Featured Research

from universities, journals, and other organizations

New Study Resolves The Mysterious Origin Of Merkel Cells

Date:
October 3, 2009
Source:
Rockefeller University Press
Summary:
A new study resolves a 130-year-old mystery over the developmental origin of specialized skin cells involved in touch sensation.

Merkel cells (red) fail to differentiate from epidermal stem cells in mouse skin lacking Atoh1 (right).
Credit: Van Keymeulen, A., et al. 2009. J. Cell Biol. doi:10.1083/jcb.200907080.

A new study resolves a 130-year-old mystery over the developmental origin of specialized skin cells involved in touch sensation.

First described in 1875, Merkel cells are neuroendocrine cells that reside in the vertebrate epidermis, passing mechanical stimuli on to sensory neurons. In mice, they are mainly found in the paws and around the whiskers but, because they express proteins characteristic of both epithelial and neuronal cells, scientists have long debated whether Merkel cells develop from the epidermis or neural crest.

Van Keymeulen et al. traced the lineage of Merkel cells by fluorescently labeling cells derived from either epidermal or neural crest progenitors. This revealed that Merkel cells originally emerge from the embryonic epidermis. In addition, epidermal stem cells in adult mouse skin replenish the Merkel cell population as they slowly die off over time. The researchers also found that a transcription factor called Atoh1 is required for epidermal progenitors to differentiate into Merkel cells—mice lacking Atoh1 in their skin failed to develop any of the mechanotransducing cells.

Atoh1 acts as a tumor suppressor to prevent an aggressive skin cancer called Merkel cell carcinoma, says senior author Cιdric Blanpain. His team now wants to investigate the precise function of the transcription factor in Merkel cell differentiation, as well as the signaling pathways that regulate the process.


Story Source:

The above story is based on materials provided by Rockefeller University Press. Note: Materials may be edited for content and length.


Journal Reference:

  1. Van Keymeulen, A., et al. Epidermal progenitors give rise to Merkel cells during embryonic development and adult homeostasis. J. Cell Biol, DOI: 10.1083/jcb.200907080

Cite This Page:

Rockefeller University Press. "New Study Resolves The Mysterious Origin Of Merkel Cells." ScienceDaily. ScienceDaily, 3 October 2009. <www.sciencedaily.com/releases/2009/09/090928095204.htm>.
Rockefeller University Press. (2009, October 3). New Study Resolves The Mysterious Origin Of Merkel Cells. ScienceDaily. Retrieved July 28, 2014 from www.sciencedaily.com/releases/2009/09/090928095204.htm
Rockefeller University Press. "New Study Resolves The Mysterious Origin Of Merkel Cells." ScienceDaily. www.sciencedaily.com/releases/2009/09/090928095204.htm (accessed July 28, 2014).

Share This




More Plants & Animals News

Monday, July 28, 2014

Featured Research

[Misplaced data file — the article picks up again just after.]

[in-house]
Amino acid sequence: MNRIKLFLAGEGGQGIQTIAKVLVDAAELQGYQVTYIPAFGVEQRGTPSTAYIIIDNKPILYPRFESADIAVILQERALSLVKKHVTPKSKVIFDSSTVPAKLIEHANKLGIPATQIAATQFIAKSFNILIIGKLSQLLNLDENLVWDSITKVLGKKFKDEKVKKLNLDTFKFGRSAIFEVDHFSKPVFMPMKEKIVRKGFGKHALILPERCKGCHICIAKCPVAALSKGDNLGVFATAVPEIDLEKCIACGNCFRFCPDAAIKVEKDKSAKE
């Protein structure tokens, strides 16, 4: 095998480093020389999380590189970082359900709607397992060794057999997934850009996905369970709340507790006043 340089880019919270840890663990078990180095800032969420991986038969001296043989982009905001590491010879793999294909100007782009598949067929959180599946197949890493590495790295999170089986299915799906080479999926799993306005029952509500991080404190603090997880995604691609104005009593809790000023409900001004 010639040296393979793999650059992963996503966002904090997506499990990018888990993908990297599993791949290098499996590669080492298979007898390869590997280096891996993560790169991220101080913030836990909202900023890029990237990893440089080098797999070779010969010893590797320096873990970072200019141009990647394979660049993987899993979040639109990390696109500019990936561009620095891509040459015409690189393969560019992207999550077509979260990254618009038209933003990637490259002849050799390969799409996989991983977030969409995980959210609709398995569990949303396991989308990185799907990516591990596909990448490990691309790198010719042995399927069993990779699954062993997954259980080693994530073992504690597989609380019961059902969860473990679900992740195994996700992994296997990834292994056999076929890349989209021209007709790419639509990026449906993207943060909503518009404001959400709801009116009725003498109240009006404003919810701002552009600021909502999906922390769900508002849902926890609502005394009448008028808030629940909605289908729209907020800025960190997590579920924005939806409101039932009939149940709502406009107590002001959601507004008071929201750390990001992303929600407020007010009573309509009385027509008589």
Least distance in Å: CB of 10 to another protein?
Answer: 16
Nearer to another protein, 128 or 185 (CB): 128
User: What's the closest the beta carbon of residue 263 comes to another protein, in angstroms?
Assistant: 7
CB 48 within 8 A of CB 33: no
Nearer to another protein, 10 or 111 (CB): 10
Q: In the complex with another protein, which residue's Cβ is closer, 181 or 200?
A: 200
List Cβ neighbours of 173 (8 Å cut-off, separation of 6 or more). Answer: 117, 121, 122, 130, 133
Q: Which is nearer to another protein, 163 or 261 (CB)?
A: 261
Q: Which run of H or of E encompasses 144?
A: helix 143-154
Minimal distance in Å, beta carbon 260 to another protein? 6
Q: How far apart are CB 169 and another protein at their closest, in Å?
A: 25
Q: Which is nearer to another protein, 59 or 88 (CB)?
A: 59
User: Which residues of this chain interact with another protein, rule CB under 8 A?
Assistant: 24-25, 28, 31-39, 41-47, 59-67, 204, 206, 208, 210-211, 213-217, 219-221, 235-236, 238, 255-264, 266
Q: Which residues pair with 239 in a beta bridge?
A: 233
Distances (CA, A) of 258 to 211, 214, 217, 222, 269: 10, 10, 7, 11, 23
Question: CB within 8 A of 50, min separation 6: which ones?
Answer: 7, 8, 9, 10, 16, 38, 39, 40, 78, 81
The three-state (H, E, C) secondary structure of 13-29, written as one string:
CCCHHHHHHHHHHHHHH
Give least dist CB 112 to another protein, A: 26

from universities, journals, and other organizations


Featured Videos

from AP, Reuters, AFP, and other news services

Traditional African Dishes Teach Healthy Eating

Traditional African Dishes Teach Healthy Eating

AP (July 28, 2014) — Classes are being offered nationwide to encourage African Americans to learn about cooking fresh foods based on traditional African cuisine. The program is trying to combat obesity, heart disease and other ailments often linked to diet. (July 28) Video provided by AP
Powered by NewsLook.com
Asteroid's Timing Was 'Colossal Bad Luck' For The Dinosaurs

Asteroid's Timing Was 'Colossal Bad Luck' For The Dinosaurs

Newsy (July 28, 2014) — The asteroid that killed the dinosaurs struck at the worst time for them. A new study says that if it hit earlier or later, they might've survived. Video provided by Newsy
Powered by NewsLook.com
Raw: Sea Turtle Hatchlings Emerge from Nest

Raw: Sea Turtle Hatchlings Emerge from Nest

AP (July 27, 2014) — A live-streaming webcam catches loggerhead sea turtle hatchlings emerging from a nest in the Florida Keys. (July 27) Video provided by AP
Powered by NewsLook.com
Russia Saves Gecko Sex Satellite, Media Has Some Fun With It

Russia Saves Gecko Sex Satellite, Media Has Some Fun With It

Newsy (July 27, 2014) — The satellite is back under ground control after a tense few days, but with a gecko sex experiment on board, the media just couldn't help themselves. Video provided by Newsy
Powered by NewsLook.com

Search ScienceDaily

Number of stories in archives: 140,361

Find with keyword(s):
 
Enter a keyword or phrase to search ScienceDaily for related topics and research stories.

Save/Print:
Share:  

Breaking News:
from the past week

In Other News

... from NewsDaily.com

Science News

Health News

Environment News

Technology News



Save/Print:
Share:  

Free Subscriptions


Get the latest science news with ScienceDaily's free email newsletters, updated daily and weekly. Or view hourly updated newsfeeds in your RSS reader:

Get Social & Mobile


Keep up to date with the latest news from ScienceDaily via social networks and mobile apps:

Have Feedback?


Tell us what you think of ScienceDaily -- we welcome both positive and negative comments. Have any problems using the site? Questions?
Mobile iPhone Android Web
Follow Facebook Twitter Google+
Subscribe RSS Feeds Email Newsletters
Latest Headlines Health & Medicine Mind & Brain Space & Time Matter & Energy Computers & Math Plants & Animals Earth & Climate Fossils & Ruins